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D. Michael Jackson, Howard F. Harrison, Judy A. Thies, Janice R. Bohac, and J.D. Mueller

to soil insect pests and fusarium wilt. ‘Liberty’ makes a large number of uniform, well-shaped storage roots with a scarlet skin color, cream to light yellow flesh color, and good baking quality. ‘Liberty’ is a desirable cultivar for commercial

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Arthur Villordon, Ron Sheffield, Jose Rojas, and Yin-Lin Chiu

furrow irrigation (after 35 DAT). At harvest, storage roots were graded according to USDA standards ( U.S. Department of Agriculture, 2005 ): US1 (5.1 to 8.9 cm in diameter and 7.6 to 22.9 cm in length), canner (CAN; 2.5 to 5.1 cm in diameter and 5.1 to

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Donnie K. Miller, Thomas M. Batts, Josh T. Copes, and David C. Blouin

yield production requires adventitious roots to effectively produce lateral roots that swell and produce mature storage roots ( Villordon et al., 2014 ). Previous research has indicated that in pot studies at ≈5 to 15 d post-transplant, adventitious

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Alexandre Furtado Silveira Mello, Giovani Olegário da Silva, Juscimar da Silva, Tarcísio Samborski, José Carlos Ferreira, José Luiz Viana de Carvalho, Marília Regini Nuti, Ana Carolina Silva Siquieroli, Marcos Brandão Braga, Federico Celedonio Diaz Trujilo, and Wolfgang Grüneberg

with synthetic fertilizers, with the exception of Canoinhas, SC and Uberlandia, MG that did not receive any fertilizer. Storage roots were harvested an average of 157 d after planting. Yield data were adjusted according to plot size and is presented in

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Cecilia E. McGregor, Douglas W. Miano, Don R. LaBonte, Mary Hoy, Chris A. Clark, and Guilherme J.M. Rosa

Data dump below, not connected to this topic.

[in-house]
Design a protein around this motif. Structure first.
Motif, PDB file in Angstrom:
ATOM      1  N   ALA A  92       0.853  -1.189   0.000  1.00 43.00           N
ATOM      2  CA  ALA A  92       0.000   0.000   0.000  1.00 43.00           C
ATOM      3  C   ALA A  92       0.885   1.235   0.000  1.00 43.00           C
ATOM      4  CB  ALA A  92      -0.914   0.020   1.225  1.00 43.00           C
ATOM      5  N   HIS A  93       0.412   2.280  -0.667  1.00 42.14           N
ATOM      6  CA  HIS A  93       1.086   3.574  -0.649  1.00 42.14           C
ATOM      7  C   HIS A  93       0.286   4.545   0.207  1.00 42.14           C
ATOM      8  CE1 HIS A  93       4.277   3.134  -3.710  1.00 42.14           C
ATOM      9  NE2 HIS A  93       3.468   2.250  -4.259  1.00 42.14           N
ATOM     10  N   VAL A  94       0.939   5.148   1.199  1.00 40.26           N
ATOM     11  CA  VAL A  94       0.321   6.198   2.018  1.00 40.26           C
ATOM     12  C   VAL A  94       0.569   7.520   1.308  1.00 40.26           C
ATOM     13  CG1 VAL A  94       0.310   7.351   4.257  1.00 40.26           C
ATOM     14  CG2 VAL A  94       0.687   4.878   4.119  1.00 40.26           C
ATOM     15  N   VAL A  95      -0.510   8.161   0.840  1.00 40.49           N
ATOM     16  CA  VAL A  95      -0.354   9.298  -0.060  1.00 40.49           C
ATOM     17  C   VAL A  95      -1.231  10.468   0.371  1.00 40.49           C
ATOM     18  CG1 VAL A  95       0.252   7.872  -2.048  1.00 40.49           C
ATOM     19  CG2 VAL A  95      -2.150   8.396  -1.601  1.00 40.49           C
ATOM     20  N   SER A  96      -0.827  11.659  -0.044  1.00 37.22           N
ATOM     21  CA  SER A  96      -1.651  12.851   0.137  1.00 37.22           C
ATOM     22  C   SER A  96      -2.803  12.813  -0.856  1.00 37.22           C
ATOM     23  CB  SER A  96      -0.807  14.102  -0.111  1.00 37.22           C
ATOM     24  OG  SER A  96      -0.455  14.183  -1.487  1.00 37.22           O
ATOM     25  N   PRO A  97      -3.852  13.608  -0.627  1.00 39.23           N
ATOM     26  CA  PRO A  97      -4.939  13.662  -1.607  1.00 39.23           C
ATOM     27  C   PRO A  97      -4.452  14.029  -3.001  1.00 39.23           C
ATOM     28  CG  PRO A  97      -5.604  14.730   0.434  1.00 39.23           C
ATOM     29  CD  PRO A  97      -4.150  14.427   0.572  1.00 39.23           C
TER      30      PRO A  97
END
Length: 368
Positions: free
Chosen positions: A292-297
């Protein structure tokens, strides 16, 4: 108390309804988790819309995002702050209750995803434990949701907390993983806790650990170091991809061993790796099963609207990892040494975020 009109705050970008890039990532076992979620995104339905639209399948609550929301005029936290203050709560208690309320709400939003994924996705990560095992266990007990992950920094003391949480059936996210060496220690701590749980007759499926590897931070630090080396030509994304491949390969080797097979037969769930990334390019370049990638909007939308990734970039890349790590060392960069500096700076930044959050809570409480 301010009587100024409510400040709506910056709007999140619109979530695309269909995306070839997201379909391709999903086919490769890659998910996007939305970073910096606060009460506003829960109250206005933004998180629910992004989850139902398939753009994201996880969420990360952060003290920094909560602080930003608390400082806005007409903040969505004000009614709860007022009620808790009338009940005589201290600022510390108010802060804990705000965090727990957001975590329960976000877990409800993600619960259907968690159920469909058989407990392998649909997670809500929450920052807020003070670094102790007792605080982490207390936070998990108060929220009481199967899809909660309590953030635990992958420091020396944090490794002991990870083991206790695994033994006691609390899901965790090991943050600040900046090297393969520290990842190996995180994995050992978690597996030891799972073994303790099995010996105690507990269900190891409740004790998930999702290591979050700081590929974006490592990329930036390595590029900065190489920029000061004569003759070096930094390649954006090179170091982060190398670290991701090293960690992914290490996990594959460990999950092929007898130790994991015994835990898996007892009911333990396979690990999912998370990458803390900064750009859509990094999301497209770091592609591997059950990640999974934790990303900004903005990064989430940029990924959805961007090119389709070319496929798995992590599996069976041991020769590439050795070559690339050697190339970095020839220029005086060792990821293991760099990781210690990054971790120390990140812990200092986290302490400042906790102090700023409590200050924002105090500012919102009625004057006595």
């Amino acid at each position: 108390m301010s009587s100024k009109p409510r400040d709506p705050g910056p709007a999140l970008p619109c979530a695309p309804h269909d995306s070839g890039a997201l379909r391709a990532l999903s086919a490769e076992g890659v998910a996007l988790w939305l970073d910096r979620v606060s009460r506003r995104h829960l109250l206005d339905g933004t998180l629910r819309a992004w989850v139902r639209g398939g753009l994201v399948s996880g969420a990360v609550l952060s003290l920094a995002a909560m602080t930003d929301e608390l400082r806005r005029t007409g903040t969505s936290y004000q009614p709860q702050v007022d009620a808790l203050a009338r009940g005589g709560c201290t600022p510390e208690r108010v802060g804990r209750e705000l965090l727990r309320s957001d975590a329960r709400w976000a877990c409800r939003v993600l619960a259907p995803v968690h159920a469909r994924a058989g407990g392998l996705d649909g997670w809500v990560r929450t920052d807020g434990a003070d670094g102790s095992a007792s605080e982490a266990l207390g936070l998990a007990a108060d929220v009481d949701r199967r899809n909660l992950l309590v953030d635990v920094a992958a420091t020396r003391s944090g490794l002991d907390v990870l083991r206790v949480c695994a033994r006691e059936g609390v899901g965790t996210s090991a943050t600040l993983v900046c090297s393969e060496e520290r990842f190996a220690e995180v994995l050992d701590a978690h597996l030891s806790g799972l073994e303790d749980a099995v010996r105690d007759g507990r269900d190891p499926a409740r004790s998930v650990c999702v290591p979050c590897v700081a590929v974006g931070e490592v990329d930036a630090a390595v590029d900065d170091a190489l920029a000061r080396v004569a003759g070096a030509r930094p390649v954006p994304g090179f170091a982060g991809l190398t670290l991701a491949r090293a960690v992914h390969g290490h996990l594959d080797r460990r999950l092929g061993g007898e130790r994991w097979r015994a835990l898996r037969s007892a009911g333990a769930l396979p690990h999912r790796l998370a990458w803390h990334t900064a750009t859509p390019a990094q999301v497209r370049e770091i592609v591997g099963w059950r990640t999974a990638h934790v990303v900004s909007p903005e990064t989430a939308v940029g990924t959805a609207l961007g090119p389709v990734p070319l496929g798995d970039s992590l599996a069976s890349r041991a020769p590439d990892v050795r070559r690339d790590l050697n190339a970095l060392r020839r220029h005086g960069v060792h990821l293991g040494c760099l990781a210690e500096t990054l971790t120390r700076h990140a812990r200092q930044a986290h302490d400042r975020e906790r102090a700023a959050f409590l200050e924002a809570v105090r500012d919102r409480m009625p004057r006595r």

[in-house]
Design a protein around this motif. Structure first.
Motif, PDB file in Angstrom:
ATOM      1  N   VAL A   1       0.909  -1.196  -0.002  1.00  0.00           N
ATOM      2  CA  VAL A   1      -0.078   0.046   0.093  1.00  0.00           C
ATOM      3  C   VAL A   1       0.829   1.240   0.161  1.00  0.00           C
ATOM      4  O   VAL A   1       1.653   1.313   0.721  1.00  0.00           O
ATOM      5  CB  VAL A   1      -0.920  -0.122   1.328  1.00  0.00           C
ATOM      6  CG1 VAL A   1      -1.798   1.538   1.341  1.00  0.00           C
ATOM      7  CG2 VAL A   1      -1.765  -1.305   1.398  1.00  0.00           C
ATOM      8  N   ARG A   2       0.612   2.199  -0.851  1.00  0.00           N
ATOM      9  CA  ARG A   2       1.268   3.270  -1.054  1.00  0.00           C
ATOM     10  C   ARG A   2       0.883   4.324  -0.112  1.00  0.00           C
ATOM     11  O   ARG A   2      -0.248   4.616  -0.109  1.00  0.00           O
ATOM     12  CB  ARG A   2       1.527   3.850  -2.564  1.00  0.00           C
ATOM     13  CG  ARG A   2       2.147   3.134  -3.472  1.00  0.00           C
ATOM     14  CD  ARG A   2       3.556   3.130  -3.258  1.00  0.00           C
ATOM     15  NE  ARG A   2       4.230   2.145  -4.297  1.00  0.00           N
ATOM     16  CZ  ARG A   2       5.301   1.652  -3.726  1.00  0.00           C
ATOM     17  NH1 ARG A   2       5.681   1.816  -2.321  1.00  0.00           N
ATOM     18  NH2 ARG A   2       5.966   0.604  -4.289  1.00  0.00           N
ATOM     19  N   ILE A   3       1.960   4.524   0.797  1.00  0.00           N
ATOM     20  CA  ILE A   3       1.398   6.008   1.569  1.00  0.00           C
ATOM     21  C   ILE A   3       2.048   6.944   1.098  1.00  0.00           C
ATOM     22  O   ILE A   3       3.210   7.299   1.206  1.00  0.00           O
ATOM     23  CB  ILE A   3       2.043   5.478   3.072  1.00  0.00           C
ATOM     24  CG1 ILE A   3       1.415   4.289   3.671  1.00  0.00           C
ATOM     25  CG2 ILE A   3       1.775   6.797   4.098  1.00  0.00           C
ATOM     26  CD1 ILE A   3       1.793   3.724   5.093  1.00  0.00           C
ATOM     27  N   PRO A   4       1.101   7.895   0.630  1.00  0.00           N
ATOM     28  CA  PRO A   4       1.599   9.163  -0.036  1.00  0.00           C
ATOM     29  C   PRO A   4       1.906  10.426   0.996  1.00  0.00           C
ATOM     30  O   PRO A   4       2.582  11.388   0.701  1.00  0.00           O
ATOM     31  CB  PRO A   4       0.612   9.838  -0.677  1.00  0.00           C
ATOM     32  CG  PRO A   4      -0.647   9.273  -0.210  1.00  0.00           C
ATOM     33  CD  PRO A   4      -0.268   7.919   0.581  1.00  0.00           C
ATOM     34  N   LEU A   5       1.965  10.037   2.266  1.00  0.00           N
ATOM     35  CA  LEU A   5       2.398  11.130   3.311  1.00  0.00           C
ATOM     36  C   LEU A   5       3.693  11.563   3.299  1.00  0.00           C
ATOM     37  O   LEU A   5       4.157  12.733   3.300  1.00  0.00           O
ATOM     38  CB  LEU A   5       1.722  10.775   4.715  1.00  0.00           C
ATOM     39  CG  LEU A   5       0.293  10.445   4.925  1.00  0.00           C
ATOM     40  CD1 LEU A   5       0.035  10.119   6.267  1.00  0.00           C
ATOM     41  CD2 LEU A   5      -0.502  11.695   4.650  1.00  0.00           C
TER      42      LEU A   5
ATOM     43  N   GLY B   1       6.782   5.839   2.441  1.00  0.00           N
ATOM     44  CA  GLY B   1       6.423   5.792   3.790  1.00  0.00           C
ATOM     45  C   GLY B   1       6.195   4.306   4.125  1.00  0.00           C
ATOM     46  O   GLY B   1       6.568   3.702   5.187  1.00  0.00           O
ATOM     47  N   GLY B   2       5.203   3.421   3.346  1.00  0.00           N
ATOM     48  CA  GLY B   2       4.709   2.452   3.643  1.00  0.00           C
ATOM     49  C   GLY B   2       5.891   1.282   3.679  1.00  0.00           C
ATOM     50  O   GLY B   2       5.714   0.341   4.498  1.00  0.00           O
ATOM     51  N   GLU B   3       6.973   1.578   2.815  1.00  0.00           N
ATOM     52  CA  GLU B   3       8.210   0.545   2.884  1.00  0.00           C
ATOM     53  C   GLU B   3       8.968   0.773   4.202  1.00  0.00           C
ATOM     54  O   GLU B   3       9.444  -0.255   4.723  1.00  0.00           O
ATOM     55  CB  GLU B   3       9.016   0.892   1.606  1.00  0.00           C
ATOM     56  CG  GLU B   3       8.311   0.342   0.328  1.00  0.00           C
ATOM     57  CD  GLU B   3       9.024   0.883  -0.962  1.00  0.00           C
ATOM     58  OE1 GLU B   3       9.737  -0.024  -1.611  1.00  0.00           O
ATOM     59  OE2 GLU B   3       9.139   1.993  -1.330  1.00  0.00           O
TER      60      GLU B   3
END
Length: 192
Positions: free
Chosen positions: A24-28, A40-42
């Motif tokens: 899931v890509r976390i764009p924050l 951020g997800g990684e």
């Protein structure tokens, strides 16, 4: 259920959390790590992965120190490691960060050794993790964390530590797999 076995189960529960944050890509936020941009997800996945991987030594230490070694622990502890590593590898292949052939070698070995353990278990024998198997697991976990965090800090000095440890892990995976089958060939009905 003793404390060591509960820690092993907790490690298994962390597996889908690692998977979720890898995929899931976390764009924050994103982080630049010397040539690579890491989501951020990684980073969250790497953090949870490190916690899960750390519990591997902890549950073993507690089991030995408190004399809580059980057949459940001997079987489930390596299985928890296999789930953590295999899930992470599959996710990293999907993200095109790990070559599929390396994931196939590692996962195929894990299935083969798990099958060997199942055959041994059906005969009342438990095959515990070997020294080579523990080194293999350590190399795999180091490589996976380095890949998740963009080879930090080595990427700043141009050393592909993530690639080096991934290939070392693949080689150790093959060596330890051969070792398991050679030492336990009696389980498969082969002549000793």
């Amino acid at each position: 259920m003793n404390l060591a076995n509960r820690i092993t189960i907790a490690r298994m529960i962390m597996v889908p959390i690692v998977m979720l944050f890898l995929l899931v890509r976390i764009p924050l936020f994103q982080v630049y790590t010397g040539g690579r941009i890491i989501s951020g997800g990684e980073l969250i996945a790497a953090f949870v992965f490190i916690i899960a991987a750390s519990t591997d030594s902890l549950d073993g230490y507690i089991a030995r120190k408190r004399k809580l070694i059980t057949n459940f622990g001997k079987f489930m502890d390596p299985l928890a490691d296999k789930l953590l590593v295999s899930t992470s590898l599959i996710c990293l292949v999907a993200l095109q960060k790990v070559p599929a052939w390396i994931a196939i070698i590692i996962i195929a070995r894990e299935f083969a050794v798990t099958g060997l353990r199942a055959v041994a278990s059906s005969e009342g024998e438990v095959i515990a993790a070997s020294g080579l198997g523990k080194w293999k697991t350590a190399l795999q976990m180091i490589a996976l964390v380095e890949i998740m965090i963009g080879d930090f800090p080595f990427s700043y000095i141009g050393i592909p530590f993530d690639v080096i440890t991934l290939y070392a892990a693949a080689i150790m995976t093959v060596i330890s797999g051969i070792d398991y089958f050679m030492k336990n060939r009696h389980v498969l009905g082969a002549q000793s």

sporamin and cell wall expansion proteins. Sporamin is the main storage protein in sweetpotato storage roots and it makes up between 60% and 80% of total soluble protein in the root ( Maeshima et al., 1985 ). It is encoded by a multigene family that can be

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Jim C. Cervantes-Flores, G. Craig Yencho, Kenneth V. Pecota, Bryon Sosinski, and Robert O.M. Mwanga

Root-knot nematodes are widespread worldwide and cause significant reductions in the yield and quality of storage roots in sweetpotato ( Clark and Moyer, 1988 ). The worldwide distribution of root-knot nematodes (RKN), Meloidogyne Goeldi species

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Jeffrey Adelberg, Maria Delgado, and Jeffrey Tomkins

for numbers of plants produced ( Takayama and Akita, 2005 ). Geophytes, and other herbaceous perennials with storage roots, have been most readily adaptable to bioreactor environments. The proportion of explants to media volume and vessel size must

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Rebecca G. Sideman

average of 438 bushels/acre ( USDA, 2015 ). High light intensity and long days have been shown to increase number of sweetpotato storage roots, whereas formation and development of storage roots is promoted by short days ( Lebot, 2008 ). Comparing the

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Robert O.M. Mwanga, Gerald Kyalo, Gorrettie N. Ssemakula, Charles Niringiye, Benard Yada, Milton A. Otema, Joweria Namakula, Agnes Alajo, Benjamin Kigozi, Rose N.M. Makumbi, Anna-Marie Ball, Wolfgang J. Grüneberg, Jan W. Low, and G. Craig Yencho

performed as well as or better than the local checks across districts ( Table 5 ). The two cultivars have higher beta-carotene in storage roots than Dimbuka-Bukulula ( Table 2 ). These two cultivars have moderate beta-carotene content compared with cultivars

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Damien Shumbusha, Jean Ndirigwe, Lydia Kankundiye, Anastasie Musabyemungu, Daphrose Gahakwa, Phanuel S. Ndayemeye, and Robert O.M. Mwanga

dry matter (DM) of storage roots and vines, 200 g from each clone was oven-dried at 65 °C to constant weight, and DM was computed as a percentage of the fresh weight. Selection of dual-purpose clones was based on the ratio of roots to vines in terms of